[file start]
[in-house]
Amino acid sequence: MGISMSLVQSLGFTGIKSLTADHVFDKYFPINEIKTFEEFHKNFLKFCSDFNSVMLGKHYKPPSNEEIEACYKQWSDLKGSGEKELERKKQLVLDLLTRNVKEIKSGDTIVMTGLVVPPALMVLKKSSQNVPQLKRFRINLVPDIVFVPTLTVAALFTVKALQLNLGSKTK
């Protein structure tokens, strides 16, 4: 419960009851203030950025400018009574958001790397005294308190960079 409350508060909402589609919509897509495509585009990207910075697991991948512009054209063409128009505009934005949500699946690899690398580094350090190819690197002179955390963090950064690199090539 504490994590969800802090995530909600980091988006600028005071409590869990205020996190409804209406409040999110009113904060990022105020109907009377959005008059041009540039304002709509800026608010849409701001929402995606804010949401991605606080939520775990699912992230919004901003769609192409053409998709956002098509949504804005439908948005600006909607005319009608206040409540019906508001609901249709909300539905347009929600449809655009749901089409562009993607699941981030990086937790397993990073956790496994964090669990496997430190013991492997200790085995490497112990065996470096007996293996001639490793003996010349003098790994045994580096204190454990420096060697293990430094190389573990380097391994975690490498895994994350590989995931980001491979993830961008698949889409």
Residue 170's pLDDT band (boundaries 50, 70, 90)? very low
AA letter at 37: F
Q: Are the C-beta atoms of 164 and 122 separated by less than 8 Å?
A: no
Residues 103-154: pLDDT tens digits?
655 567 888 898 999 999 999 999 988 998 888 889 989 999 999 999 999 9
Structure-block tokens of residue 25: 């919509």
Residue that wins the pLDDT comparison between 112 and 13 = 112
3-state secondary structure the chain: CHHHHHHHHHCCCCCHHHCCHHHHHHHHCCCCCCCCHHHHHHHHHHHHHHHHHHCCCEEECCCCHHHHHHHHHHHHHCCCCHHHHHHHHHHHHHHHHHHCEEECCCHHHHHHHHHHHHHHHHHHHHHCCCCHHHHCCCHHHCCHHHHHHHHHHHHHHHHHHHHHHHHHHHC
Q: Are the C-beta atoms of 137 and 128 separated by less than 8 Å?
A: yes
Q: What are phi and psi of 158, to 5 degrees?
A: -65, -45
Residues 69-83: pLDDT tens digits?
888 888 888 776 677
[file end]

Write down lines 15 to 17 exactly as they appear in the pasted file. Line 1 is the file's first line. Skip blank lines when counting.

Q: What are phi and psi of 158, to 5 degrees?
A: -65, -45
Residues 69-83: pLDDT tens digits?